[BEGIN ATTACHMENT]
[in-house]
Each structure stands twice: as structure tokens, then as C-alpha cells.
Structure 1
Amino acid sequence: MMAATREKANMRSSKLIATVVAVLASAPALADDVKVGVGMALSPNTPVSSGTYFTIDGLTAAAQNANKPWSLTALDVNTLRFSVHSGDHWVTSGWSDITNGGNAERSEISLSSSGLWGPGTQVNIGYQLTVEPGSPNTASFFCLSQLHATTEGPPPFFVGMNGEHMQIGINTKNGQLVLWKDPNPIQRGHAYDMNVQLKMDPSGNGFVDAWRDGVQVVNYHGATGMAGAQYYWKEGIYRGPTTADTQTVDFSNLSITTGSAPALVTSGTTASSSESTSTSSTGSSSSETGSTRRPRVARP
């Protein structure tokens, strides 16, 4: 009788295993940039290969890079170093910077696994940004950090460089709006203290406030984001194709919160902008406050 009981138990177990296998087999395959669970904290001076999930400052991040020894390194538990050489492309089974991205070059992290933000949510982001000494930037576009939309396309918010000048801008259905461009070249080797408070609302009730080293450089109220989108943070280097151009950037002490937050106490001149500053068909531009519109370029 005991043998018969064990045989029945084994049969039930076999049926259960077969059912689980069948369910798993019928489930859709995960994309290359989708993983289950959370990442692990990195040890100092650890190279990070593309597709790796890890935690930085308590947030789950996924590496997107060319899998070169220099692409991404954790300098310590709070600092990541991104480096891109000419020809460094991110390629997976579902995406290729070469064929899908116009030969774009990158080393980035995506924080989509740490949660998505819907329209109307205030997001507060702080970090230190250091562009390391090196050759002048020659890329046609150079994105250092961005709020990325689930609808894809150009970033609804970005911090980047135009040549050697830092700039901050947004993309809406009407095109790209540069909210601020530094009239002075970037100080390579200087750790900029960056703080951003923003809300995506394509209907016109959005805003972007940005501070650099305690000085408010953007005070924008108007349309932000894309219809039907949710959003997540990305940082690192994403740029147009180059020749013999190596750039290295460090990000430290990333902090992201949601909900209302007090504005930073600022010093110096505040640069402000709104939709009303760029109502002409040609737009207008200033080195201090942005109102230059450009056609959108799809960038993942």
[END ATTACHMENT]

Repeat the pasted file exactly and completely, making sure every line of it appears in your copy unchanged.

[in-house]
Each structure stands twice: as structure tokens, then as C-alpha cells.
Structure 1
Amino acid sequence: MMAATREKANMRSSKLIATVVAVLASAPALADDVKVGVGMALSPNTPVSSGTYFTIDGLTAAAQNANKPWSLTALDVNTLRFSVHSGDHWVTSGWSDITNGGNAERSEISLSSSGLWGPGTQVNIGYQLTVEPGSPNTASFFCLSQLHATTEGPPPFFVGMNGEHMQIGINTKNGQLVLWKDPNPIQRGHAYDMNVQLKMDPSGNGFVDAWRDGVQVVNYHGATGMAGAQYYWKEGIYRGPTTADTQTVDFSNLSITTGSAPALVTSGTTASSSESTSTSSTGSSSSETGSTRRPRVARP
């Protein structure tokens, strides 16, 4: 009788295993940039290969890079170093910077696994940004950090460089709006203290406030984001194709919160902008406050 009981138990177990296998087999395959669970904290001076999930400052991040020894390194538990050489492309089974991205070059992290933000949510982001000494930037576009939309396309918010000048801008259905461009070249080797408070609302009730080293450089109220989108943070280097151009950037002490937050106490001149500053068909531009519109370029 005991043998018969064990045989029945084994049969039930076999049926259960077969059912689980069948369910798993019928489930859709995960994309290359989708993983289950959370990442692990990195040890100092650890190279990070593309597709790796890890935690930085308590947030789950996924590496997107060319899998070169220099692409991404954790300098310590709070600092990541991104480096891109000419020809460094991110390629997976579902995406290729070469064929899908116009030969774009990158080393980035995506924080989509740490949660998505819907329209109307205030997001507060702080970090230190250091562009390391090196050759002048020659890329046609150079994105250092961005709020990325689930609808894809150009970033609804970005911090980047135009040549050697830092700039901050947004993309809406009407095109790209540069909210601020530094009239002075970037100080390579200087750790900029960056703080951003923003809300995506394509209907016109959005805003972007940005501070650099305690000085408010953007005070924008108007349309932000894309219809039907949710959003997540990305940082690192994403740029147009180059020749013999190596750039290295460090990000430290990333902090992201949601909900209302007090504005930073600022010093110096505040640069402000709104939709009303760029109502002409040609737009207008200033080195201090942005109102230059450009056609959108799809960038993942």